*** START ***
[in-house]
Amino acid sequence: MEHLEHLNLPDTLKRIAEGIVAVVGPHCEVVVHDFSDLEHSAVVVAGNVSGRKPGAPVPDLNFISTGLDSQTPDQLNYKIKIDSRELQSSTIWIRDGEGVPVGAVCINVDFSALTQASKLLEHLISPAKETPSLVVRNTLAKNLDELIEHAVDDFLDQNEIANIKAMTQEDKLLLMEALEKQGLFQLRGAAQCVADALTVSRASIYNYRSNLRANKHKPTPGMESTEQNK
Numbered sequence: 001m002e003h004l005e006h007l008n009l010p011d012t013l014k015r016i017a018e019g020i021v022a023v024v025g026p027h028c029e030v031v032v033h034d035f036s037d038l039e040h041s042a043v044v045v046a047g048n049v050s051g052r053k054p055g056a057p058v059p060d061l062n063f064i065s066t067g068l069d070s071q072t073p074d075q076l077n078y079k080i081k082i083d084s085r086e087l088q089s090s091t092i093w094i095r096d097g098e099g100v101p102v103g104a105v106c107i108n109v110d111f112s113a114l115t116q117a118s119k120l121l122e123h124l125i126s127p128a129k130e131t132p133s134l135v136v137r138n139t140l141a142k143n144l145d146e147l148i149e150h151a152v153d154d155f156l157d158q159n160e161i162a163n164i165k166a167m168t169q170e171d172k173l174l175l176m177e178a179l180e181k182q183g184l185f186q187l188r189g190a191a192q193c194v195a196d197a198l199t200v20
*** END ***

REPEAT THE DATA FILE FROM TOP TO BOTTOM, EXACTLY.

[in-house]
Amino acid sequence: MEHLEHLNLPDTLKRIAEGIVAVVGPHCEVVVHDFSDLEHSAVVVAGNVSGRKPGAPVPDLNFISTGLDSQTPDQLNYKIKIDSRELQSSTIWIRDGEGVPVGAVCINVDFSALTQASKLLEHLISPAKETPSLVVRNTLAKNLDELIEHAVDDFLDQNEIANIKAMTQEDKLLLMEALEKQGLFQLRGAAQCVADALTVSRASIYNYRSNLRANKHKPTPGMESTEQNK
Numbered sequence: 001m002e003h004l005e006h007l008n009l010p011d012t013l014k015r016i017a018e019g020i021v022a023v024v025g026p027h028c029e030v031v032v033h034d035f036s037d038l039e040h041s042a043v044v045v046a047g048n049v050s051g052r053k054p055g056a057p058v059p060d061l062n063f064i065s066t067g068l069d070s071q072t073p074d075q076l077n078y079k080i081k082i083d084s085r086e087l088q089s090s091t092i093w094i095r096d097g098e099g100v101p102v103g104a105v106c107i108n109v110d111f112s113a114l115t116q117a118s119k120l121l122e123h124l125i126s127p128a129k130e131t132p133s134l135v136v137r138n139t140l141a142k143n144l145d146e147l148i149e150h151a152v153d154d155f156l157d158q159n160e161i162a163n164i165k166a167m168t169q170e171d172k173l174l175l176m177e178a179l180e181k182q183g184l185f186q187l188r189g190a191a192q193c194v195a196d197a198l199t200v20